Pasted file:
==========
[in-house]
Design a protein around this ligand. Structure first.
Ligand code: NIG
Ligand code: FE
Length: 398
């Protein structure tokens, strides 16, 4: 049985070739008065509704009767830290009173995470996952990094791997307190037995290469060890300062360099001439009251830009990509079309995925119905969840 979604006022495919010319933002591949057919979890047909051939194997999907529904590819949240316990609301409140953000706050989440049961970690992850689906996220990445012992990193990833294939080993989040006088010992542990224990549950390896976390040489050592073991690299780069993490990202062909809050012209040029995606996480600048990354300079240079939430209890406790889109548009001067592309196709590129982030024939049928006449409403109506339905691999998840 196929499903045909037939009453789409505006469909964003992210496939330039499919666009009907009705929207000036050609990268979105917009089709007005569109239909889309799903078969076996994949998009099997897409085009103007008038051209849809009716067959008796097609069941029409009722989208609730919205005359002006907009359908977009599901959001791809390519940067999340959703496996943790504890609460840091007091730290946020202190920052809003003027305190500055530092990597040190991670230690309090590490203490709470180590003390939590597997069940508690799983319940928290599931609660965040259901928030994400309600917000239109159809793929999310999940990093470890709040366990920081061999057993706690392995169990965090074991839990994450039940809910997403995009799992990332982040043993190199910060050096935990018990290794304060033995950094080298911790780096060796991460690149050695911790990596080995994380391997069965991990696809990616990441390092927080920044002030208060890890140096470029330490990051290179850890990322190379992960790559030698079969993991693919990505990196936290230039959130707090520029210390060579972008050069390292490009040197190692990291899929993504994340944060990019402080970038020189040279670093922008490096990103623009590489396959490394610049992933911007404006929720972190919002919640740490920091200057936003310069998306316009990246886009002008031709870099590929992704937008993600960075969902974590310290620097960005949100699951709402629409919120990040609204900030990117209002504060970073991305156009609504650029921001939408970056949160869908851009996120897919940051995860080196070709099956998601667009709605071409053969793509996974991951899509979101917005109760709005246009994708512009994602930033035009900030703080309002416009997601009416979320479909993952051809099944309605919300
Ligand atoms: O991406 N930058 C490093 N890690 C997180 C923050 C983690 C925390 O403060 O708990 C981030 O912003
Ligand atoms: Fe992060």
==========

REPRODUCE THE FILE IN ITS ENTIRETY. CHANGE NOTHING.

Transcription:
[in-house]
Design a protein around this ligand. Structure first.
Ligand code: NIG
Ligand code: FE
Length: 398
């Protein structure tokens, strides 16, 4: 049985070739008065509704009767830290009173995470996952990094791997307190037995290469060890300062360099001439009251830009990509079309995925119905969840 979604006022495919010319933002591949057919979890047909051939194997999907529904590819949240316990609301409140953000706050989440049961970690992850689906996220990445012992990193990833294939080993989040006088010992542990224990549950390896976390040489050592073991690299780069993490990202062909809050012209040029995606996480600048990354300079240079939430209890406790889109548009001067592309196709590129982030024939049928006449409403109506339905691999998840 196929499903045909037939009453789409505006469909964003992210496939330039499919666009009907009705929207000036050609990268979105917009089709007005569109239909889309799903078969076996994949998009099997897409085009103007008038051209849809009716067959008796097609069941029409009722989208609730919205005359002006907009359908977009599901959001791809390519940067999340959703496996943790504890609460840091007091730290946020202190920052809003003027305190500055530092990597040190991670230690309090590490203490709470180590003390939590597997069940508690799983319940928290599931609660965040259901928030994400309600917000239109159809793929999310999940990093470890709040366990920081061999057993706690392995169990965090074991839990994450039940809910997403995009799992990332982040043993190199910060050096935990018990290794304060033995950094080298911790780096060796991460690149050695911790990596080995994380391997069965991990696809990616990441390092927080920044002030208060890890140096470029330490990051290179850890990322190379992960790559030698079969993991693919990505990196936290230039959130707090520029210390060579972008050069390292490009040197190692990291899929993504994340944060990019402080970038020189040279670093922008490096990103623009590489396959490394610049992933911007404006929720972190919002919640740490920091200057936003310069998306316009990246886009002008031709870099590929992704937008993600960075969902974590310290620097960005949100699951709402629409919120990040609204900030990117209002504060970073991305156009609504650029921001939408970056949160869908851009996120897919940051995860080196070709099956998601667009709605071409053969793509996974991951899509979101917005109760709005246009994708512009994602930033035009900030703080309002416009997601009416979320479909993952051809099944309605919300
Ligand atoms: O991406 N930058 C490093 N890690 C997180 C923050 C983690 C925390 O403060 O708990 C981030 O912003
Ligand atoms: Fe992060």